How Does Drinking Too Much Alcohol Affect your Health?

Drinking too much alcohol than what your body can process leads to intoxication as the alcohol level builds up in your bloodstream. While you may experience feelings of excitement, the distribution of alcohol throughout your body slows down brain function and affects your body’s nerve endings. Too much alcohol has been shown to slow down the immune system, inhibit new bone production, and affect both the circulatory and digestive systems. 

An occasional glass of wine with friends isn’t a cause of concern. However, heavy drinking can take its toll on your health. Here’s how excessive alcohol consumption affects your body:

Increases the Risk for some Cancers

According to the National Cancer Institute, alcohol consumption increases the risk of an array of cancers. The risk is even higher in heavy drinkers as they are five times more likely to get esophageal cancer than those who don’t drink alcohol. Moderate alcohol consumption has been shown to increase the risk of breast cancer, throat cancer, and cancer of the mouth. Consuming as little as one alcoholic drink a day has been shown to increase breast cancer. 

Affects Long-Term Memory and Bran Structure

You probably have that one friend who can’t remember key events and details after blacking out following a night of heavy drinking. Alcohol consumption, over a long period of time, can cause the frontal lobes of the brain to shrink, leading to cognitive problems even after the person attains sobriety. Research has shown that heavy drinking tends to erode brain tissue and can increase the risk of stroke.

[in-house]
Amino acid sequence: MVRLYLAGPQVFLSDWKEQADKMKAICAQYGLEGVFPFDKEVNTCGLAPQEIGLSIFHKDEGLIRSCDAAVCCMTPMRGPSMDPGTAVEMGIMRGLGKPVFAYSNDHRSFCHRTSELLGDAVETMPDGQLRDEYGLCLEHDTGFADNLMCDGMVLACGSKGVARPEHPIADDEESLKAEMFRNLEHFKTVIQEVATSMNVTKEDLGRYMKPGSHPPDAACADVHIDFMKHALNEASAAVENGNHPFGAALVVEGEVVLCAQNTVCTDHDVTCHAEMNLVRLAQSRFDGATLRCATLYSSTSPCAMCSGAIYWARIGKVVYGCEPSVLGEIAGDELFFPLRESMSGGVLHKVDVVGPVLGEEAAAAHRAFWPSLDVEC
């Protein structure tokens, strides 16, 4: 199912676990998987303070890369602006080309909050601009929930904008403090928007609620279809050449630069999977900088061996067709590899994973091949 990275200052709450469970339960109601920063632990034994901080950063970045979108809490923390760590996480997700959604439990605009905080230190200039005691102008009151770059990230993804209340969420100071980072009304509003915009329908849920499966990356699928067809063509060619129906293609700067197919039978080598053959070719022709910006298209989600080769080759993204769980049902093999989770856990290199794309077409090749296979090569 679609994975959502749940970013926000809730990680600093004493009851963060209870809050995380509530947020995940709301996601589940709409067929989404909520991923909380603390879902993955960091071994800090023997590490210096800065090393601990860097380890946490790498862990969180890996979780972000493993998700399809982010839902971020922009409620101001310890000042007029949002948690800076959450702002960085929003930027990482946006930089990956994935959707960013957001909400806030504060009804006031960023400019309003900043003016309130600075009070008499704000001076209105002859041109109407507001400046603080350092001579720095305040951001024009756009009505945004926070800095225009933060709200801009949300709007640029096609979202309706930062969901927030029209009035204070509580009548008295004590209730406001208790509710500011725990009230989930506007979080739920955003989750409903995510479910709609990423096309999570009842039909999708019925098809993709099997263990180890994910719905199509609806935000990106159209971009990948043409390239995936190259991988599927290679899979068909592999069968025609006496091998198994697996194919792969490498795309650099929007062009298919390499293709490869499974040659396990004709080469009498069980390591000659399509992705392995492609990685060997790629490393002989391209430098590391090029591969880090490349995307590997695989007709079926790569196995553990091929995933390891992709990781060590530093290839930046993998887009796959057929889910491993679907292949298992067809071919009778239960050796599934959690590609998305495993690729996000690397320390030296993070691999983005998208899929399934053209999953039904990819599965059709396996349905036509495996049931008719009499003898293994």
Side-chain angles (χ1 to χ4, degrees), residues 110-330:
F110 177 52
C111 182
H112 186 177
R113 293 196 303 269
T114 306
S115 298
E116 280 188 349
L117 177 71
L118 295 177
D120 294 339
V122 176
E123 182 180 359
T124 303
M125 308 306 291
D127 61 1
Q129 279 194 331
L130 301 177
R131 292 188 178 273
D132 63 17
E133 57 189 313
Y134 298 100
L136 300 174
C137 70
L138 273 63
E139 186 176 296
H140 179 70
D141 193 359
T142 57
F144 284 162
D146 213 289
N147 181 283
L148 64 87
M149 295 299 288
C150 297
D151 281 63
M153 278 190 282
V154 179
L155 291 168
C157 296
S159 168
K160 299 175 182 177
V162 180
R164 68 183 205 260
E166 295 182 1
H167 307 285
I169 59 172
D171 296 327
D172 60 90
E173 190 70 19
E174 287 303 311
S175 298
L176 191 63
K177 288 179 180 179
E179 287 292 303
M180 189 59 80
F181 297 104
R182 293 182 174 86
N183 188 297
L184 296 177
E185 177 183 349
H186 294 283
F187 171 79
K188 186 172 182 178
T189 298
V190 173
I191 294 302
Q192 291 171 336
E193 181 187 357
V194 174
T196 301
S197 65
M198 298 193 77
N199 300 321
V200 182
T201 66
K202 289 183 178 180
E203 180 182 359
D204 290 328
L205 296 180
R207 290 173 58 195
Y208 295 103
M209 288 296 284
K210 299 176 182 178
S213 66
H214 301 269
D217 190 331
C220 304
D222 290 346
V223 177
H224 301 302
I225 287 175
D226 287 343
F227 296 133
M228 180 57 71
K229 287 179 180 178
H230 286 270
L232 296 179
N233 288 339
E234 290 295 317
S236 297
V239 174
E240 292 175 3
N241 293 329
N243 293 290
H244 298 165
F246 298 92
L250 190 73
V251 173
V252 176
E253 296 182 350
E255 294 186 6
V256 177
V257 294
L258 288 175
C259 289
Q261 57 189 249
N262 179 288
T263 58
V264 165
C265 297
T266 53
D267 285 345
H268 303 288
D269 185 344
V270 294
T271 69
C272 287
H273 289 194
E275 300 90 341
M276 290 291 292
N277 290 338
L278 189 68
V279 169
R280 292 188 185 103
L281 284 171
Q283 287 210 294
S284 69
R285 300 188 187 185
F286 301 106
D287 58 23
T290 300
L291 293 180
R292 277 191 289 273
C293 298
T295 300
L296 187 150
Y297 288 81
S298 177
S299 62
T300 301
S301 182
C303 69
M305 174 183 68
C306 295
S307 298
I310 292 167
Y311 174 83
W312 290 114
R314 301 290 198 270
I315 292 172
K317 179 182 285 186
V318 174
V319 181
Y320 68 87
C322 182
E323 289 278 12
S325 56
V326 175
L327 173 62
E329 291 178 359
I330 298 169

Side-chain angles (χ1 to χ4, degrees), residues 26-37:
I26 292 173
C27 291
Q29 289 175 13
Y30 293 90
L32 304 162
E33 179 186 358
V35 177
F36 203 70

Affects your Immune System

Your immune system is responsible for fighting off germs, viruses, and illnesses in your body. Many people don’t realize the effect of alcohol on their immune system. The bacteria-fighting white blood cells become less efficient and sluggish when you consume alcohol. Heavy drinking has been shown to weaken the immune system and increase the risk for illnesses such pneumonia, tuberculosis, and other infections.

Changes the Composition of Organisms in your Gut

Your body depends on trillions of “good” bacteria and microorganisms in the digestive tract to not only digest food but also produce the much-needed vitamins. The composition of these microorganisms is very important to the digestive system. However, alcohol consumption changes the composition of these very important microorganisms, resulting in stomach pains, diarrhea, stomach bloating, rosacea, and constipation.  Overtime, the bacterial overgrowth and imbalance migrates into the liver, leading to liver damage. 

Affects your Sexual and Reproductive Health

Most people think drinking alcohol will lower their inhibitions and make them become more fun in bed. Well, studies have shown that heavy drinking can lead to erectile dysfunction in men and prevent the production of sex hormone. Heavy drinking has also been shown to affect the menstrual cycle in women. It also increases the risk for infertility in women. Research has shown that heavy drinking during pregnancy increases the risk of stillbirth, miscarriage, and premature delivery. 

Alcohol withdrawal can be life-threatening, especially for people who have become dependent on it. It’s important that you seek medical detoxification to break an alcohol addiction. The cumulative effects of alcohol consumption can affect your overall health.

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